In episode 4 of our “On Tape” series we introduce the Leipzig label GLYK. Since 2017 it has been releasing music that can be located somewhere “in between”. We arranged to meet label head DJ Balduin and wanted to know what the tape medium means to him and what drives him with his label.

Balduin is a DJ and producer from Leipzig who is probably already known to many people – we already had him in a detailed interview. His album “Concrete Mimosa” on Kann Records was one of our top records of last year and was in constant rotation. He is also – together with friend Yet Unseen – the DJ duo Feuerbach.

In addition to DJing and producing, Balduin has been running the GLYK label for several years, which is somewhere between ambient, house and experimental. It all started with a series of events that he started with a few like-minded friends while he was still a student in Weimar – “Music for Couples and Mentally Ill People”.

Photo: Nikolas Fabian Kammerer

This involved renting rooms in broken-down shared apartments or playing in a bar, laying out a few mattresses or attaching things to rotating motors on the ceilings. It could happen at such an event that a television burst into flames or guests were hit in the face by a glove rotating through the room. Baldwin remembers:

“At that time in Weimar there were only club events or student parties, which we were very bored with were. And we thought: There is so much good music that we would like to hear loudly and in different contexts. So let's create some context. The music should tell a story. Anyone who wanted to concentrate on that had something to discover, but not in the way you might know from ambient circles. That now everyone must listen reverently. We wanted to create something between deep listening and ecstasy.”

Photo: Nikolas Fabian Kammerer

However, Balduin has always run GLYK as a label entirely on its own. Especially since after the Weimar period, the friends spread out in all directions. Musically, the label, similar to the DJ duo Feuerbach, moves between the two mutual poles of “harmonious” and “uncomfortable”. Baldwin says:

“I don’t like driving just one line. An image should emerge as it oscillates. I find it boring when after two releases I can already guess where a label is going.”

Balduin finds the artists online or sometimes in his immediate musical environment. It's not important that the music is easy to consume per se – sometimes it's a concept that appeals to him, he says. For example, the publication of “Composition 1960 #7” by New York producer John D. Murphy. This is the minimalist techno interpretation of a neo-classical piece.

Photo: Nikolas Fabian Kammerer

Balduin himself studied media art in Weimar and sees the physical releases as a playground for his creativity. He does all the artwork himself. Is it important to him to release music on physical media in addition to the digital release? I wanted to know:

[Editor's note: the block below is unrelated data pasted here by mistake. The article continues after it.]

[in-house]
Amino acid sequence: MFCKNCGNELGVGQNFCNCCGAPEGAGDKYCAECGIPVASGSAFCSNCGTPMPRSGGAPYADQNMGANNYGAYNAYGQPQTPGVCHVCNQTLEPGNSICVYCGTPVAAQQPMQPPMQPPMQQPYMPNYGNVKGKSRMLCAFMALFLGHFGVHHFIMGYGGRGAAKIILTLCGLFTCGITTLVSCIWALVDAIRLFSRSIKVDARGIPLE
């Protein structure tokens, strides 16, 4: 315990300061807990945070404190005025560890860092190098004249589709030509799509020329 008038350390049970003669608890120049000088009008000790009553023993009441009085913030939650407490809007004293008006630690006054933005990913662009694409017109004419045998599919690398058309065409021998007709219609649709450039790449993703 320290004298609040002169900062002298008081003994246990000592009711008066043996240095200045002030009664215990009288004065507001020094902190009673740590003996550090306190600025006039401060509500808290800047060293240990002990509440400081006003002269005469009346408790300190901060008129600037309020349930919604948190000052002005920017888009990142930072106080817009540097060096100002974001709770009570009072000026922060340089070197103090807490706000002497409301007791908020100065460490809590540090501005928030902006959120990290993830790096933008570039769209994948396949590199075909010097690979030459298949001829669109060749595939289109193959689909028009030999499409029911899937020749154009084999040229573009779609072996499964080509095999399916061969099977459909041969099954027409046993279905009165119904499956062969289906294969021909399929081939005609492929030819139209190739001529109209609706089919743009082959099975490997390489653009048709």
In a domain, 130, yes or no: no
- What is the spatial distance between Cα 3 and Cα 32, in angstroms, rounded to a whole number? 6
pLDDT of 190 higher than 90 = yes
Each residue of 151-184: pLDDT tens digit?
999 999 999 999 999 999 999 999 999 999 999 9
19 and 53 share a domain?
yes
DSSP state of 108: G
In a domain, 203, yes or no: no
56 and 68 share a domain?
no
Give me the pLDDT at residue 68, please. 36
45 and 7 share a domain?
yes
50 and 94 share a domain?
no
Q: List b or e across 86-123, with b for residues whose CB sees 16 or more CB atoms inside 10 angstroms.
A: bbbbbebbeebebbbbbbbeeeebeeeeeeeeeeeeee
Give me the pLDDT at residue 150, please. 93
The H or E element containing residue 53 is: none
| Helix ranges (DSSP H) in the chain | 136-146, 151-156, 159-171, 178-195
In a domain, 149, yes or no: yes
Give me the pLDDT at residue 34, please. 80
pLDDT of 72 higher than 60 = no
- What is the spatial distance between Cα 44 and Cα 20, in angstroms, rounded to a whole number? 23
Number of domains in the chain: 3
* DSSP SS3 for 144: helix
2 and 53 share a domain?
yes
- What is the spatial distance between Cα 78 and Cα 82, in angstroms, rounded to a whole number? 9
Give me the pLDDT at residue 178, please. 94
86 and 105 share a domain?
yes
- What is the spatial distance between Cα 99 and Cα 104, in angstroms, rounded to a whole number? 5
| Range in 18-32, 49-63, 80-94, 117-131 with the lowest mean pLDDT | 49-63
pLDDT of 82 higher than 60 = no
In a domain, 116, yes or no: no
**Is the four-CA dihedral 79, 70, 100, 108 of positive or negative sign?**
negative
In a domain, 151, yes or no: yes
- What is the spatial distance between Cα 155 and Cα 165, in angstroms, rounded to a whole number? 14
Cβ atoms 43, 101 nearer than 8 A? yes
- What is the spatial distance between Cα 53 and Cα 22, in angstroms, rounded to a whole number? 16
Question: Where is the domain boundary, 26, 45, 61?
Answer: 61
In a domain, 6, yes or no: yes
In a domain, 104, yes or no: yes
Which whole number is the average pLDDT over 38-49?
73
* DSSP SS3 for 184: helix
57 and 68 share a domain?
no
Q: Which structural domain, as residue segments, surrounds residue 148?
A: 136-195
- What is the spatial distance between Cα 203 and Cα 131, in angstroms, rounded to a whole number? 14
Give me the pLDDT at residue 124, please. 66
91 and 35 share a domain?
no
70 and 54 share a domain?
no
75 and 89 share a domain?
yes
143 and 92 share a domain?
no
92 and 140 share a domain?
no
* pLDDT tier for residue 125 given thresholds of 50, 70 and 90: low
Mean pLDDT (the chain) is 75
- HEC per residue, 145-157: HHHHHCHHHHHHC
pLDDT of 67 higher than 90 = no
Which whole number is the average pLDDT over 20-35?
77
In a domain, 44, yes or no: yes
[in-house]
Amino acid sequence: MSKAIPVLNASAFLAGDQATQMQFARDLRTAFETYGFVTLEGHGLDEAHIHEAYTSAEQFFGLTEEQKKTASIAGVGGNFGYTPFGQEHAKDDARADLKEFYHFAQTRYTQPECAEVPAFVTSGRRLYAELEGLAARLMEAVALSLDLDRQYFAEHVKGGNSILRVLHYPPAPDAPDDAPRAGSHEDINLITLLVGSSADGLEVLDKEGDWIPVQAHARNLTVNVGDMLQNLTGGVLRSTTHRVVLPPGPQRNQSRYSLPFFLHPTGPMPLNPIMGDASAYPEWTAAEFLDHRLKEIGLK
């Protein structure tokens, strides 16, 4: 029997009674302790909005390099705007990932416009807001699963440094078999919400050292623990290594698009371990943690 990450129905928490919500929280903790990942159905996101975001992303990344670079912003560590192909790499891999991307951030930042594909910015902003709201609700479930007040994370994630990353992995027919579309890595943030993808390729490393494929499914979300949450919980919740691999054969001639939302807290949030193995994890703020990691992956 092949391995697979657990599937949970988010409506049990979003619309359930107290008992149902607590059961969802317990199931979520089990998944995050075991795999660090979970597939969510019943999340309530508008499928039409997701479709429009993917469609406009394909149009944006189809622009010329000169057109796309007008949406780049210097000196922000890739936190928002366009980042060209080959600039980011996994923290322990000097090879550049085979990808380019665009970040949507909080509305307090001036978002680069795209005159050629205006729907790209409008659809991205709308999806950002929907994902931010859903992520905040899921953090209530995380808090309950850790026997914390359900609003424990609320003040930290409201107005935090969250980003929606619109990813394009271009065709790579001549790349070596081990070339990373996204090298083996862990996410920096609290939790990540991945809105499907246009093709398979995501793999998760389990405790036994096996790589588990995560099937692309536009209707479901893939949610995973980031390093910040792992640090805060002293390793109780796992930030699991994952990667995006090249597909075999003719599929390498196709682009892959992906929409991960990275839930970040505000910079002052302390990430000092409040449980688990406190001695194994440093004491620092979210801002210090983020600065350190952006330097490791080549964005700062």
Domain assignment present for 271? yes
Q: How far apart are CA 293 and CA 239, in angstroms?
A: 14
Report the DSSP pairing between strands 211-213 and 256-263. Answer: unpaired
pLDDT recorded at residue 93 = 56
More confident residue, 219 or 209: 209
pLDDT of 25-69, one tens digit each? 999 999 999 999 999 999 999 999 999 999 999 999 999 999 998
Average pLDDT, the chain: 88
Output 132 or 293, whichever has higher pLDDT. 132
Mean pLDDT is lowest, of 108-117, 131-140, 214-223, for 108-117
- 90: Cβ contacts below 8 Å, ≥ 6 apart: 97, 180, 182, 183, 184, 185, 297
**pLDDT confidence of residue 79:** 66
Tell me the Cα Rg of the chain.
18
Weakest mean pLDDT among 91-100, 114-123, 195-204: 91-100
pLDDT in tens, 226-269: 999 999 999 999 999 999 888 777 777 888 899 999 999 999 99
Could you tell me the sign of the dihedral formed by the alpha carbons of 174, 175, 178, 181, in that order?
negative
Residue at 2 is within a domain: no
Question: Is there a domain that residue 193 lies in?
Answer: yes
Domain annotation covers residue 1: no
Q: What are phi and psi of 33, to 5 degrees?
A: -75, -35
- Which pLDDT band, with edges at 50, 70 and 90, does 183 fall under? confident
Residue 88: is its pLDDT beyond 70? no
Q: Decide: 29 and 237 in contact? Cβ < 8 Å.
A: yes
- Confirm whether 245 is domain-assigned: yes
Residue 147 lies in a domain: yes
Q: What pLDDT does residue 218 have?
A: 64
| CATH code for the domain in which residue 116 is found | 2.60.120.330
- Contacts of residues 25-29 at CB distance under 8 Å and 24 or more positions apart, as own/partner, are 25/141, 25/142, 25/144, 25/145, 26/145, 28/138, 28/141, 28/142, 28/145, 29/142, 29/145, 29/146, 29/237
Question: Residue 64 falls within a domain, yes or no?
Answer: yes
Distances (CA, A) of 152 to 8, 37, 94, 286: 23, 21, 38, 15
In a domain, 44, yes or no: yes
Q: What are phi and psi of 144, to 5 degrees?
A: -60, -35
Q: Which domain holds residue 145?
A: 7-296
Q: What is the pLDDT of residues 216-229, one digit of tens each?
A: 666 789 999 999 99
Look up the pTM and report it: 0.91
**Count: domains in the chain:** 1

“Not all music benefits from being released on a physical recording medium. But I think it's cool to have a medium you can touch. I'm all about creating beautiful things that I hope others will also find great. The special thing about the physical medium is not just its sound quality or the interaction with it, but also that it stands somewhere and takes up space. Then it should be a product that I like to have with me.”

And what about the cassette medium in particular?

“I generally find it exciting that every medium has its own characteristics and dictates how I listen to an album. On the record it is divided into two or four parts, on the CD it is in one go. On streaming portals, the algorithm often dictates what happens next after the album is over. And with the tape, the way I found it was that it automatically starts all over again.”

From the front? Yes, because DJ Balduin has a tape deck with an auto-reverse function. This means that the cassette will be played again after one run. Every medium has its own way of telling an album. By repeatedly listening to cassettes, he realized how rarely he listened to albums on repeat. And that is also one of the aspects that makes publishing music on cassettes appealing to him.

“You hear the music completely differently. And certain pieces only stick on the second or third run through,” is his experience. Baldwin doesn't want to commit to one medium for future releases. Whether on tape, digital or on record – the main thing is that it continues in the way that feels best to him. What is certain is that the one-person label GLYK is currently moving strongly towards a collective publishing platform.

“For a long time I thought I alone had to know where the label was going, even though opinions from those around me always influenced my decisions. In recent years, many of the people who were involved in the first Weimar events have moved to Leipzig. At the moment the label is bringing us all together creatively again. A new energy is emerging and it’s nice to find out together what GLYK can become.”

You can feel some of this energy live very quickly. On June 1, 2024 at the Kunstverein Leipzig. From 10 a.m. to 10 p.m. With Lino Rex, Vanessa Bettina, Dj Ony, M-pha & Mikolaj, Yet Unseen, SRS, Matthias Schäfer, Elisabeth Kraus, Pia von Reis and Max Wiesner (and more)

And here are a few more tape releases from GLYK that we highly recommend to you:


At this point a big thank you to Nikolas Fabian Kammerer for the wonderful photos for this story. Here he tells us how he perceived the shoot with Balduin:

“It was already clear to me in advance that GLYK was a creative label. The fact that Balduin put so much effort into the portraits surprised me (in a positive way!). This sparkling creativity 'on set' is of course a win-win situation.”


Leave a Reply